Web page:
Rosa Eberly at The Blogora offers academics a useful prompt:

you are a professor. you have a phd; your days are divided among the different kinds of people who need to see you -- the people you supervise, students, colleagues, the higher-ups, people who want something from you, loved ones, community members, categories not exclusive.

you have a "discipline" or some combination of commodified kinds of academic expertise.

1. make a list of at least one thing -- generate as many ordinals as you like, not worrying about hierarchy -- that you think your discipline(s) or kind(s) of expertise have done to damage democracy.

2. then make a list of at least one thing -- generate as many ordinals as you like, not worrying about hierarchy -- that you think your discipline(s) or kind(s) of expertise could do to sustain democracy, its habits and practices.

3. finally -- or not finally -- talk with a colleague, a student, someone, anyone, about this exercise and your lists.

I only saw the post a second ago, so I'll have to think on it, but I'll be posting a response, and I encourage others to participate in this activity as well. Andrew Cline responds in the comments to Rosa's post.

Blog Research Bibliography

Kaye Trammell has put together a blog research bibliography that I saw a while back and meant to link to here, but I'm just now doing it.

Response to "Mommy (and Me)"

Via Prof. B., I see that the New York Times story on parents' weblogs has been published. I'm dismayed but not all that surprised with what's in there, and I'll tell you why.

I was interviewed for this story because part of my dissertation research focuses on women's weblogs, many of whom are mothers. When David Hochman was talking to me about the story, he used the words "narcissistic" and "confessional" to describe parents' weblogs, albeit in a questioning way ("Aren't they just kind of narcissistic and confessional?" that kind of thing). As I told him about my dissertation, I tried so hard to explain to and persuade him that "baby blogs" are often -- almost always -- so much more than "the new baby book," that they're a way for parents to express what's on their minds, but children figure in prominently, obviously. By the way, I'm still working on communicating my dissertation topic in a sound bite, but here's my attempt: I'm doing a feminist rhetorical analysis of political discourse on weblogs, particularly an exploration of what gets interpreted as a political weblog and what perhaps doesn't, and how this difference is gendered (a personal-reflective approach to political writing as opposed to punditry). For an illustration, see the difference between this Eschaton post and these posts by Prof. B.* Different in terms of style and topic, but both political, to be sure. I actually emailed Hochman the links to those posts, as well as links to 11D and Laura's excellent Family Politics category of posts. Laura was also interviewed, and her comments -- again, not surprisingly -- aren't mentioned.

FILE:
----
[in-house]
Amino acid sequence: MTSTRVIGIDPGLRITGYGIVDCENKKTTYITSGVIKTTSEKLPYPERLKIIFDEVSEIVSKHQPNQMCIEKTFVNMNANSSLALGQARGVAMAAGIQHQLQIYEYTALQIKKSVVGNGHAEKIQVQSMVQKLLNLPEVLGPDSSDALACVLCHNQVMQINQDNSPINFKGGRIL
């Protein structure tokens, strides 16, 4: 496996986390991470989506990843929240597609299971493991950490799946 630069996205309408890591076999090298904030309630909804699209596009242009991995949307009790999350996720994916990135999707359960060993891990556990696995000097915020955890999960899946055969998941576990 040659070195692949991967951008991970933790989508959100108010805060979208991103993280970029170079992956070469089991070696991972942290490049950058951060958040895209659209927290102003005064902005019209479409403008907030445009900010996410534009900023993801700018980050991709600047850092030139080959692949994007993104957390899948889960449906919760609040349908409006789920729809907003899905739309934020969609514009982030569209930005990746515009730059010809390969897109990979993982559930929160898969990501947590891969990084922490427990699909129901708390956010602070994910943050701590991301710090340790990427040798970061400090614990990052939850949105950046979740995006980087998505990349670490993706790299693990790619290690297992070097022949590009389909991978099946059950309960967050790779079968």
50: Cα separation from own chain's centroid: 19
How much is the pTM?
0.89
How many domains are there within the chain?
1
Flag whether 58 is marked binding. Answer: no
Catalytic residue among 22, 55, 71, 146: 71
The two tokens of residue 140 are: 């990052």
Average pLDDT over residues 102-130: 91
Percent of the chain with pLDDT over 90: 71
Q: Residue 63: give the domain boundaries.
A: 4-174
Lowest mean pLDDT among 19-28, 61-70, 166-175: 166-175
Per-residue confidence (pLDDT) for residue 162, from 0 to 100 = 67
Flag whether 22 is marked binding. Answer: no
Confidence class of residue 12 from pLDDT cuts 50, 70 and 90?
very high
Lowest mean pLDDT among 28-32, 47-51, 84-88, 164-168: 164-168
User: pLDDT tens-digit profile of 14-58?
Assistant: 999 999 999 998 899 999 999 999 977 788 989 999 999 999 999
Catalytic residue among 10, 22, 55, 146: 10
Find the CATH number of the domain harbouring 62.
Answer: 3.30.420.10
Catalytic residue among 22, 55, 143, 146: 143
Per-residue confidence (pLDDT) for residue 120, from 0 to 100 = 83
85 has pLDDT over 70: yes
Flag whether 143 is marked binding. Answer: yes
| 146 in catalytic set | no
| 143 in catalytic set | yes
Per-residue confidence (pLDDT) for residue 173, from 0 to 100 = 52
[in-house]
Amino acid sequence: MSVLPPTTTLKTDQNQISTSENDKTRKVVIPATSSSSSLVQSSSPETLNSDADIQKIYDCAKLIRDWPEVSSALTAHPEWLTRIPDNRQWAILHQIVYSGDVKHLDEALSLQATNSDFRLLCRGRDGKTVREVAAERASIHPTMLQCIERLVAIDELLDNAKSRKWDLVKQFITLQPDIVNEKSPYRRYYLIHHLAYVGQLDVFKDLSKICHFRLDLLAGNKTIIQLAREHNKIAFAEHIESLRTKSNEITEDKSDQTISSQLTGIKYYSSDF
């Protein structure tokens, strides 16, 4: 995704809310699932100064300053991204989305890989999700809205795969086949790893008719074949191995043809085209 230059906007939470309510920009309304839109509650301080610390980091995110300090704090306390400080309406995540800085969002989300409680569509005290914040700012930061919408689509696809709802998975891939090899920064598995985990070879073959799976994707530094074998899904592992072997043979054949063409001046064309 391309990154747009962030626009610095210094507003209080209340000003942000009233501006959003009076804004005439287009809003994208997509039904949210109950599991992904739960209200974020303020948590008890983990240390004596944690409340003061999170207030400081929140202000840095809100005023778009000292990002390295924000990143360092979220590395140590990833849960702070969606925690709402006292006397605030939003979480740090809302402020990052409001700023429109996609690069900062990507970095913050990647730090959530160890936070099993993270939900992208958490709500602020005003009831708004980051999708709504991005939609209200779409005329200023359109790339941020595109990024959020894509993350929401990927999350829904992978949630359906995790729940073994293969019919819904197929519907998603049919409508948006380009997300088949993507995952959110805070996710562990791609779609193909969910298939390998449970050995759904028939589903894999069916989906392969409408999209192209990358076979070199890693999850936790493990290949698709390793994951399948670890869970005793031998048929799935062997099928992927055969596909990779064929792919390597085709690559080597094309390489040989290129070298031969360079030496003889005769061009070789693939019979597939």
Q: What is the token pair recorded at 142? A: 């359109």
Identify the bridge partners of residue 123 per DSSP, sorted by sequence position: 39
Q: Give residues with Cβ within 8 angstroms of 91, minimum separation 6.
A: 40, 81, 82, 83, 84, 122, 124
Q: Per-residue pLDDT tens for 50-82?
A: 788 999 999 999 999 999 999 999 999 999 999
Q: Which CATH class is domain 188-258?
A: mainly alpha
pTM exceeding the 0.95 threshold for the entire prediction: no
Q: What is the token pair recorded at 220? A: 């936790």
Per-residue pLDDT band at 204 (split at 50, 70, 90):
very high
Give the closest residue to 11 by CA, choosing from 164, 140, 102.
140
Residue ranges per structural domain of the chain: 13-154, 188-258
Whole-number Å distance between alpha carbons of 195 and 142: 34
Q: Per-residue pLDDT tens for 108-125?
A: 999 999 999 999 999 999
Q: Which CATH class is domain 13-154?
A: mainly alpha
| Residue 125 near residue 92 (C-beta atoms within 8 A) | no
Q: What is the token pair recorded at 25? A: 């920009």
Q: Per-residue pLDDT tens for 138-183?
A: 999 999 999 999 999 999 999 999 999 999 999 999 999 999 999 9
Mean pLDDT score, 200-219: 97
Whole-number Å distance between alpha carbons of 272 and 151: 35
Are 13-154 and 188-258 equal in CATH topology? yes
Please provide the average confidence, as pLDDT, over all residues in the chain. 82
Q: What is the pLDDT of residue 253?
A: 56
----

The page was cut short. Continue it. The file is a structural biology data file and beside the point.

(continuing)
It's nothing personal against Hochman. He was friendly and great to talk to, but comparing my initial conversation with him to the finished product I just read, it's clear to me that he'd already made up his mind about "baby blogs," "mommy blogs," "daddy blogs," what have you: "The baby blog in many cases is an online shrine to parental self-absorption." Parents are "insecure," and they crave "attention and validation." And the thing is, I'm sure a lot of people agree with this attitude, as though there's some sense of undue entitlement about wanting to blog about one's experience as a parent. I wonder if those who espouse this view would say the same about political bloggers "proper," who have the apparent decency not to bother us with their personal lives, or if so, very seldom.